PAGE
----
Jail Time for Counselling Tax Evasion
From the Canada Revenue Agency
The Canada Revenue Agency (CRA) announced on August 5 that Russell Porisky of Chilliwack, British Columbia, was sentenced on July 29, 2016, in British Columbia Supreme Court. This was the second trial for Mr. Porisky and his common-law spouse, Elaine Gould, as their first conviction on January 18, 2012, was overturned on appeal. Mr. Porisky was sentenced to five and a half years in jail, less credit for time served following his previous conviction, and a fine of$259,482 for one count of counselling others to evade taxes and two counts of tax evasion. Ms. Gould was sentenced to one day in jail, after receiving six months credit for time served on a conditional sentence order following her previous conviction, and a fine of $38,241 for one count of tax evasion.
A CRA investigation determined that Mr. Porisky and Ms. Gould failed to report total income of $1,415,366 for the 2004 to 2007 tax years and, as a result, evaded $231,574 in federal income tax payable. In addition, Mr. Porisky failed to collect and remit $66,149 in goods and services tax for the 2004 to 2008 taxation years.
Mr. Porisky was the founder of the Paradigm Education Group (Paradigm), a business which counselled people across Canada to commit fraud by evading tax. Paradigm sold products (books, DVDs, and CDs), organized and taught fee-based seminars which educated people on how to structure their affairs in a way to illegally avoid taxes. To date, 31 individuals have been convicted of criminal tax evasion offences and received significant fines directly related to their participation with Paradigm.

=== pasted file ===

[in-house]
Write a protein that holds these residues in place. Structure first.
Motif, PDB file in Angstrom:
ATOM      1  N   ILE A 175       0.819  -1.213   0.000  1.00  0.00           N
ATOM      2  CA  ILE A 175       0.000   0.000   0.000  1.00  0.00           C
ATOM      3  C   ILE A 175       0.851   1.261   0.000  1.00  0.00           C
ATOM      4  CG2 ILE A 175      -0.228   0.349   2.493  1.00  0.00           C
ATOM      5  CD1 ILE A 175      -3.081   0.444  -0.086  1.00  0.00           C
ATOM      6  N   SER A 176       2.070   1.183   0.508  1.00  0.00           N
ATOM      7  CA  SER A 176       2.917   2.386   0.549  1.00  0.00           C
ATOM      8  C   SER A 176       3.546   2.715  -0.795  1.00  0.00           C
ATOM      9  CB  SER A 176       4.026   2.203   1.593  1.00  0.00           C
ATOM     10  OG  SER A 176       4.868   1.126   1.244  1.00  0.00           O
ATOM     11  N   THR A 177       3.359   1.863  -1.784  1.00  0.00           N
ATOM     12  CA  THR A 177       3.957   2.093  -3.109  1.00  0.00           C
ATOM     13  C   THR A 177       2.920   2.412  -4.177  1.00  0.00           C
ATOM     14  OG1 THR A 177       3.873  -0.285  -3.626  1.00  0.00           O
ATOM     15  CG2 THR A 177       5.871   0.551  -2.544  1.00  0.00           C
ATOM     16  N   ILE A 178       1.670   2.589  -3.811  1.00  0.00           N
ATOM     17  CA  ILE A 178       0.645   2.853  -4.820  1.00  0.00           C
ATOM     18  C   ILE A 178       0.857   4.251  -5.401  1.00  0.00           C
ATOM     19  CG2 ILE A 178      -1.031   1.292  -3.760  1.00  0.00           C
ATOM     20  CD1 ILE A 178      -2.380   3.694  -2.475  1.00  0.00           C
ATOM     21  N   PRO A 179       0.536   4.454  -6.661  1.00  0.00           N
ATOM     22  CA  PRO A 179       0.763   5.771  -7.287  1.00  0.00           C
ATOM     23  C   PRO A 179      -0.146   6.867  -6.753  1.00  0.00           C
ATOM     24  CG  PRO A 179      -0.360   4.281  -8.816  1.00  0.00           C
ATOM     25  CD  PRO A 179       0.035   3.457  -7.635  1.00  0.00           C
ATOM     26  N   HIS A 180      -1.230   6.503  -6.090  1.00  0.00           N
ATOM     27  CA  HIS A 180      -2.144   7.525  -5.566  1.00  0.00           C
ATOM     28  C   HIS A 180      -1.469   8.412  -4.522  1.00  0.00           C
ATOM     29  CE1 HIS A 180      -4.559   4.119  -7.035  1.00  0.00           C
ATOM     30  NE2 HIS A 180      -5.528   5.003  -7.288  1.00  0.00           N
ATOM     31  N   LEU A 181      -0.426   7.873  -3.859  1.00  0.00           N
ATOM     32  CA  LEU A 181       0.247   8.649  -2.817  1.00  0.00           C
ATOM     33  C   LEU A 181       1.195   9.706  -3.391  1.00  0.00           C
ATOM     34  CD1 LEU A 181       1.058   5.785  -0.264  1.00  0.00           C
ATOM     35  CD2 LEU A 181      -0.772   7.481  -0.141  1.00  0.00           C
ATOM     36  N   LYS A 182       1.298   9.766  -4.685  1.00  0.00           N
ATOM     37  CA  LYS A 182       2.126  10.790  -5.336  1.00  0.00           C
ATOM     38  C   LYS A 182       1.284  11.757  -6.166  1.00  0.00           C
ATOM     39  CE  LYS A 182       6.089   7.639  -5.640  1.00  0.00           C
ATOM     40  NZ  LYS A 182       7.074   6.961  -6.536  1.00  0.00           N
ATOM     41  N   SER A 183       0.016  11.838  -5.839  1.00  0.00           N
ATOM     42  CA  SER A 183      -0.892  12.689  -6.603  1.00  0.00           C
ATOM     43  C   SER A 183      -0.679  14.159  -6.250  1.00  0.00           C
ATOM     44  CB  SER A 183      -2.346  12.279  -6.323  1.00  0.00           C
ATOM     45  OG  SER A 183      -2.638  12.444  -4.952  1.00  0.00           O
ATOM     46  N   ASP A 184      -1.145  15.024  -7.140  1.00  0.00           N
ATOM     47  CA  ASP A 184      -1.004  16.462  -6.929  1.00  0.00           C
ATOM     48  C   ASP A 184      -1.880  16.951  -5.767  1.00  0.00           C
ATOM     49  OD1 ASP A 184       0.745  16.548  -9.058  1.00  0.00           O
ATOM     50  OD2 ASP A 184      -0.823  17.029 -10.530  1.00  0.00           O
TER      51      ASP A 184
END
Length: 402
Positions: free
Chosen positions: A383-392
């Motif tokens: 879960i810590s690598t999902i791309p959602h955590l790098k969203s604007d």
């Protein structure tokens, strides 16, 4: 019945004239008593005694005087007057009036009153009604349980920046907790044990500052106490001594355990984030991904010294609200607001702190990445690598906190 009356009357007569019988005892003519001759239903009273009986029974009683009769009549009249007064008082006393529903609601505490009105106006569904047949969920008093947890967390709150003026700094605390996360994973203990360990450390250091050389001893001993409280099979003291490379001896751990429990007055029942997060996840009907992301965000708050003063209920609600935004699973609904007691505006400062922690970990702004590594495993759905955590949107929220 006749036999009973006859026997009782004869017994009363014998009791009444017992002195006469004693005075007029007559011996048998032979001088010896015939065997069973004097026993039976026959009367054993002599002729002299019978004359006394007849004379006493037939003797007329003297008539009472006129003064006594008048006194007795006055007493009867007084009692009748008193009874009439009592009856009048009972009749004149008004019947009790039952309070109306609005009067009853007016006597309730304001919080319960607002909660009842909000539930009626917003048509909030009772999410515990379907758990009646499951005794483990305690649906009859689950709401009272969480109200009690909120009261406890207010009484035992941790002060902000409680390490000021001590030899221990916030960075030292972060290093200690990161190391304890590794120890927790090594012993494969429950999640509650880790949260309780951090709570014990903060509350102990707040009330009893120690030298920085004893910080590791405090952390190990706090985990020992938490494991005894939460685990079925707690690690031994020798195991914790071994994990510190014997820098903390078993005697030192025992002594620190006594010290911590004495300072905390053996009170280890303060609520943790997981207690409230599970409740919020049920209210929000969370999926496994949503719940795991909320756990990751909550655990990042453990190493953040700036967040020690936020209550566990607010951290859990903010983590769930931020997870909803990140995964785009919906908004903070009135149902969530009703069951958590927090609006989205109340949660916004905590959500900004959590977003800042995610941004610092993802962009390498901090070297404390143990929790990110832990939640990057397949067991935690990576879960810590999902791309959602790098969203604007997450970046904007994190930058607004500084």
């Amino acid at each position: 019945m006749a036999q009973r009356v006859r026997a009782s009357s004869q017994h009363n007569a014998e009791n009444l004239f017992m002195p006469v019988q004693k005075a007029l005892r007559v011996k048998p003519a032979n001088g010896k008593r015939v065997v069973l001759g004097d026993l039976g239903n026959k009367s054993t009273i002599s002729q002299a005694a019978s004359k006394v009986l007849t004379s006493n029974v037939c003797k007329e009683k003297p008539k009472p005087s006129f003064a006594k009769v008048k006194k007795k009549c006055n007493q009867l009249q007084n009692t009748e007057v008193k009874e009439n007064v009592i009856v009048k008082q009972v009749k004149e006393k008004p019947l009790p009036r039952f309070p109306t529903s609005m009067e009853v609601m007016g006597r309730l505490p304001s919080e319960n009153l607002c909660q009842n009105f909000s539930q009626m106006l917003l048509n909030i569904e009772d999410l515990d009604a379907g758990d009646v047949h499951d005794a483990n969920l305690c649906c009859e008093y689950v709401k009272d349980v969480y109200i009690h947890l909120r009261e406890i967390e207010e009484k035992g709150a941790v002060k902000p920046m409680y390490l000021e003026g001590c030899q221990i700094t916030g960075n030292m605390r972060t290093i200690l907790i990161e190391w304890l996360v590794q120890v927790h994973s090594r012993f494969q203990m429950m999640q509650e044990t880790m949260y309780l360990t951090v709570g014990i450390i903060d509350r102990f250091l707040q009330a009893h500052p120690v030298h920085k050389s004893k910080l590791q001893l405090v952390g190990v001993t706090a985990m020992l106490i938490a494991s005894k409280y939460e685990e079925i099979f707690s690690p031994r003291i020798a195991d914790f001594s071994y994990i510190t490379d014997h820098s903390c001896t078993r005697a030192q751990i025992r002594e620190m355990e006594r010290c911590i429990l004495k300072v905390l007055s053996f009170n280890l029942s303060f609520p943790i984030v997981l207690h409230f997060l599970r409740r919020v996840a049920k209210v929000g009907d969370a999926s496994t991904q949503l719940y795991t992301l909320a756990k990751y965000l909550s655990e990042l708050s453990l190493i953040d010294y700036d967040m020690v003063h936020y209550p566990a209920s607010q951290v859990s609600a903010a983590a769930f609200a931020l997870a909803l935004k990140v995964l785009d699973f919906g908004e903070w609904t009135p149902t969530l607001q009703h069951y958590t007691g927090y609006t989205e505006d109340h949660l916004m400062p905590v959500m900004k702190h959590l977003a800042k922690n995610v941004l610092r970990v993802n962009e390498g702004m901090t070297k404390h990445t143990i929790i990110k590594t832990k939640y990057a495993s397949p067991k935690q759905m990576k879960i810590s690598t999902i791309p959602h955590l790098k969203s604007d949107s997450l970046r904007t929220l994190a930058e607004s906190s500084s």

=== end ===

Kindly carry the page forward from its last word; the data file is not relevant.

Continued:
The preceding information was obtained from the court records.
The CRA warns all Canadians to beware of individuals who try to convince you that Canadians do not have to pay tax on the income they earn. These individuals, also known as tax protesters, not only fail to report their own earnings, but they also conspire, counsel, and promote these tax schemes. Canadian courts have consistently rejected arguments made in these tax protester schemes. For those involved in tax protester schemes, the CRA will reassess income tax and interest, and charge penalties. Individuals who plan to use the tactics of tax protesters should know that this could have significant personal and financial consequences, including fines, imprisonment, or seizure of goods. More information on tax protester schemes is available on the CRA webpage at http://www.cra-arc.gc.ca/gncy/lrt/txprtstrs-eng.html.
When taxpayers are convicted of income tax evasion, they must still repay the full amount of taxes owing, plus interest and any civil penalties that may be assessed by the CRA. In addition, the court may fine them up to 200% of the taxes evaded and impose a jail term of up to five years.
If you have ever made a tax mistake or omission, the CRA is offering you a second chance to make things right through its Voluntary Disclosures Program (VDP). If you make a valid disclosure before you become aware that the CRA is taking action against you, you may only have to pay the taxes owing plus interest. More information on the
VDP can be found on the CRA’s website at www.cra.gc.ca/voluntarydisclosures.
Further information on convictions can also be found in the Media Room on the CRA website at www.cra.gc.ca/convictions.